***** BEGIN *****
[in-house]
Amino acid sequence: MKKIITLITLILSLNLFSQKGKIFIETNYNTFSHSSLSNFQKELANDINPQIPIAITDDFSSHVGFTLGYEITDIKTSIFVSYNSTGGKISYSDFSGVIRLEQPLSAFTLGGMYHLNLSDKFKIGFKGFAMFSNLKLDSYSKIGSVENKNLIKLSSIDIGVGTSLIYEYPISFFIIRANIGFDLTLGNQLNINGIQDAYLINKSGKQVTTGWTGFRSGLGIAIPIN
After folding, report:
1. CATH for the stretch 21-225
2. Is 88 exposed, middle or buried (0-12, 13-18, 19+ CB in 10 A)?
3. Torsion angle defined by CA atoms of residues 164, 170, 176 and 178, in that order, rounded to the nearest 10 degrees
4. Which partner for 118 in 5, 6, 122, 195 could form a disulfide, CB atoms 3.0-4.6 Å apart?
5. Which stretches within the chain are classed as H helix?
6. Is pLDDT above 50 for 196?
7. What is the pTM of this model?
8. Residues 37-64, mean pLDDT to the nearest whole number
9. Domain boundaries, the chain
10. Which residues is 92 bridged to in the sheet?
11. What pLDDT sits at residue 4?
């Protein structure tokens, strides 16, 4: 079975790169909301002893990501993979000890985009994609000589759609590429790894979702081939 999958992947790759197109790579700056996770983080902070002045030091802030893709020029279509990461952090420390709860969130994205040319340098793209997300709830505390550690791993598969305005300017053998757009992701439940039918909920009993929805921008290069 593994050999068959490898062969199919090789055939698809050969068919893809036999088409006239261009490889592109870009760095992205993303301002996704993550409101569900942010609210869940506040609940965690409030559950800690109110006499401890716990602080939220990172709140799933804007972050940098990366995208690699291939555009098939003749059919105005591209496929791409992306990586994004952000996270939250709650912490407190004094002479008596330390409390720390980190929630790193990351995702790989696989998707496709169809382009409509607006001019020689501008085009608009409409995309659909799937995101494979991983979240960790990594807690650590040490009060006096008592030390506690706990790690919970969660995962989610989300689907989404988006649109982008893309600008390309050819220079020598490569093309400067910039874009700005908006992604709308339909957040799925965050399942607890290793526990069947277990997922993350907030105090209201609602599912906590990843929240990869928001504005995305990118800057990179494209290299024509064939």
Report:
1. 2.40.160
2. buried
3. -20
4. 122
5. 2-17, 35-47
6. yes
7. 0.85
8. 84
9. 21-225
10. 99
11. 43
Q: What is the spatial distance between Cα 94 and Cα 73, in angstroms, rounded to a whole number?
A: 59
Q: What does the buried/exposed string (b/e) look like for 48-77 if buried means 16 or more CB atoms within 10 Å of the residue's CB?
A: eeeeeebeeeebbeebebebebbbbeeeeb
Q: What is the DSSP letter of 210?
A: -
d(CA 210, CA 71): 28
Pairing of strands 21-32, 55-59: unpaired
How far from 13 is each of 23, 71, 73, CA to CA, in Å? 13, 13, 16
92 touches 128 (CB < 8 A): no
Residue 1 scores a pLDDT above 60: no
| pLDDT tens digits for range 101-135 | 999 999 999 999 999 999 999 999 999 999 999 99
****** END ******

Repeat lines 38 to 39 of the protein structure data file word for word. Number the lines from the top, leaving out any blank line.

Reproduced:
Residue 1 scores a pLDDT above 60: no
| pLDDT tens digits for range 101-135 | 999 999 999 999 999 999 999 999 999 999 999 99